Factors benefiting railroad companies
Most major railroad companies (XTN) have raised their quarterly dividends per share in 2018. Lower taxes due to the Tax Cuts and Jobs Act along with relatively low capex levels this year have contributed to the dividend rises.
Railroad stocks specifically benefited from the provision of deduction capex for tax calculation purposes in the year it was incurred.
KSU’s free cash flow
FCF (free cash flow) is important to consider in terms of share repurchases, dividend payments, and the plowing back of earnings. FCF is determined by deducting capex from OCF (operating cash flow). Higher OCF and lower capex will result in higher free cash flow.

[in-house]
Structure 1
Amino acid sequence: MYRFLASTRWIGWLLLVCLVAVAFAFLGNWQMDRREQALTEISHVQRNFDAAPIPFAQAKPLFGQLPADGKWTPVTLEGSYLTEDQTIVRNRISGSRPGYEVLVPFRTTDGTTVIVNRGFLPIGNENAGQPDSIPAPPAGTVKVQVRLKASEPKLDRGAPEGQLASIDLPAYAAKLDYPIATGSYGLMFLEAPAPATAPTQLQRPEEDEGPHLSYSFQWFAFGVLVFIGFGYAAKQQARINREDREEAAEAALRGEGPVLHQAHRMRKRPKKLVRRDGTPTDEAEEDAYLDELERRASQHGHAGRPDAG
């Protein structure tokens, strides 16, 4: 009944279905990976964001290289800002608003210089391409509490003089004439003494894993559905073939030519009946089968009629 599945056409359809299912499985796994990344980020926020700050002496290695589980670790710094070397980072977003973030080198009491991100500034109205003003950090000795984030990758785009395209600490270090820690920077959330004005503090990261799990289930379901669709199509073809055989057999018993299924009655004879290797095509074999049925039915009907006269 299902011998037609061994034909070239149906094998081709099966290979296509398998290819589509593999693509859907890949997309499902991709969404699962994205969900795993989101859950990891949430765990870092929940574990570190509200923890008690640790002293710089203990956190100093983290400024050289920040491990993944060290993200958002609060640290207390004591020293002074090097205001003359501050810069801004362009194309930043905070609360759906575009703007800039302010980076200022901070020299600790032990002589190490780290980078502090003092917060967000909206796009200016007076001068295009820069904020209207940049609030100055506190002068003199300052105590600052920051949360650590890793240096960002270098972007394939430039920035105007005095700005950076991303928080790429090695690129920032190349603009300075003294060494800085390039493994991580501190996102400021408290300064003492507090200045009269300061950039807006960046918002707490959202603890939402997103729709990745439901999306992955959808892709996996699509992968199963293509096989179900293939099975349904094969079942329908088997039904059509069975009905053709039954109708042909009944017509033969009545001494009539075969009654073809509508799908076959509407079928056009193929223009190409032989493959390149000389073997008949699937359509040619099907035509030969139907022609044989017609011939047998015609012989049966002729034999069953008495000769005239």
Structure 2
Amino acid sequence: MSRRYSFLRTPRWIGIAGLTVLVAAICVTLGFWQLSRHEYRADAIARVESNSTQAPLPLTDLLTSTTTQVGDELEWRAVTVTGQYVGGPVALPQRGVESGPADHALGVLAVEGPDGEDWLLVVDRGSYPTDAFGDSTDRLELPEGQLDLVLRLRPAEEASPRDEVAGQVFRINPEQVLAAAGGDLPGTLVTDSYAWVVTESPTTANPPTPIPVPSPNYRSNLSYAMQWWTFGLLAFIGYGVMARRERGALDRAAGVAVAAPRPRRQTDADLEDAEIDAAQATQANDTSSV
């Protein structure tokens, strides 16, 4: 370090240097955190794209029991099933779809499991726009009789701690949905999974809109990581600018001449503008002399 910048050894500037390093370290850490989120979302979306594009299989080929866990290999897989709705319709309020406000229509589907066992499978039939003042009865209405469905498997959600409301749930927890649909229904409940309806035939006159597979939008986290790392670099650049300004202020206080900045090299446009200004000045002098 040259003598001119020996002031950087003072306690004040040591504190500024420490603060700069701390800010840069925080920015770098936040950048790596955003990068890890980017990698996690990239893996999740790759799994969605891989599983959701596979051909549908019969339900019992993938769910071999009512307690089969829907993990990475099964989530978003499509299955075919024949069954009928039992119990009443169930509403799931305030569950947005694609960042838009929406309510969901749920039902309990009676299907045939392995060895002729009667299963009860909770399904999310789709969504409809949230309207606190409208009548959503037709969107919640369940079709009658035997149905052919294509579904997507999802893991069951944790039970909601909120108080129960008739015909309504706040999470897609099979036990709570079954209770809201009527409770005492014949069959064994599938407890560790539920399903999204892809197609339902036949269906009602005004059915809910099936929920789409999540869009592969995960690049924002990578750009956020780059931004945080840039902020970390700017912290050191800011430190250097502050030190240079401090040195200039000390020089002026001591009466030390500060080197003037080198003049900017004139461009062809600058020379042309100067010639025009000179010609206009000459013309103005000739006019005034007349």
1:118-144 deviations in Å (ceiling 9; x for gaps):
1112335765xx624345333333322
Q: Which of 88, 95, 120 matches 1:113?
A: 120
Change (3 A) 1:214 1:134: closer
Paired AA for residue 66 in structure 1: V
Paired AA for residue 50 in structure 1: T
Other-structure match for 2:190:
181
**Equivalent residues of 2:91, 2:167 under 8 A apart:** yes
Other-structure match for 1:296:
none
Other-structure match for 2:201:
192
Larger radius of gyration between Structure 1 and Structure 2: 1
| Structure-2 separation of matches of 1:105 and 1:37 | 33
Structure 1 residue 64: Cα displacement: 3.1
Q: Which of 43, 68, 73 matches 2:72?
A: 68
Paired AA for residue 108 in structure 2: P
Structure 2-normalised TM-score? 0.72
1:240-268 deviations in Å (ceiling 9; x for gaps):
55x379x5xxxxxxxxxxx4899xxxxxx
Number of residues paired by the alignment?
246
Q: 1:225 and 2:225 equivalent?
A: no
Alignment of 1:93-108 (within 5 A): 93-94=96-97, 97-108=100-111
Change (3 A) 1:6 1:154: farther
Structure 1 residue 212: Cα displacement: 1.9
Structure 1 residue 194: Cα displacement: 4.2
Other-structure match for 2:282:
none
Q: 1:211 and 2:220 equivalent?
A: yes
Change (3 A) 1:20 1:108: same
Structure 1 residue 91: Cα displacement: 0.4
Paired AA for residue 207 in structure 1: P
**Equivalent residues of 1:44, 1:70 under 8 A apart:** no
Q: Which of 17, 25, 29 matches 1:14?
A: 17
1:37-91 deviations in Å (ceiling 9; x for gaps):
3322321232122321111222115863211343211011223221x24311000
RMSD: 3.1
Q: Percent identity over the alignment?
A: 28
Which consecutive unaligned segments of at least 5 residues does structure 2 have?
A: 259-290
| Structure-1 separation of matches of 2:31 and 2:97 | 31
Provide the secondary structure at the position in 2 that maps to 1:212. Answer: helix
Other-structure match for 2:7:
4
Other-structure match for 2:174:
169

Looking at the above graph, we can see that KSU’s FCF fell 54% YoY (year-over-year) in the first half of 2018. From $131.5 million in the first half of 2017, the company’s FCF fell to $59.6 million in the first half of 2018. Given its quarterly dividend payment of ~$37.0 million, KSU’s FCF level is adequate to support this dividend payment.
KSU’s capex-to-revenue ratio was ~20% in the first half of 2018 and 22.5% in the same period last year, meaning that KSU has a lower capex budget for this year. However, the company’s ratio is on the high side among major Class I railroad companies.
Its operating cash flow in the first half of 2018 was $425.0 million, up 2.1% from $416.0 million in the same period last year. Lower capex-to-revenue levels for major railroad companies such as Union Pacific (UNP), Norfolk Southern (NSC), and CSX Corporation (CSX) have aided their dividend growths this year. Considering Kansas City Southern’s FCF trend in the last few quarters, it’s unlikely that it will raise its dividend in 2018.
In the next section, we’ll compare KSU’s dividend payout with those of its peers.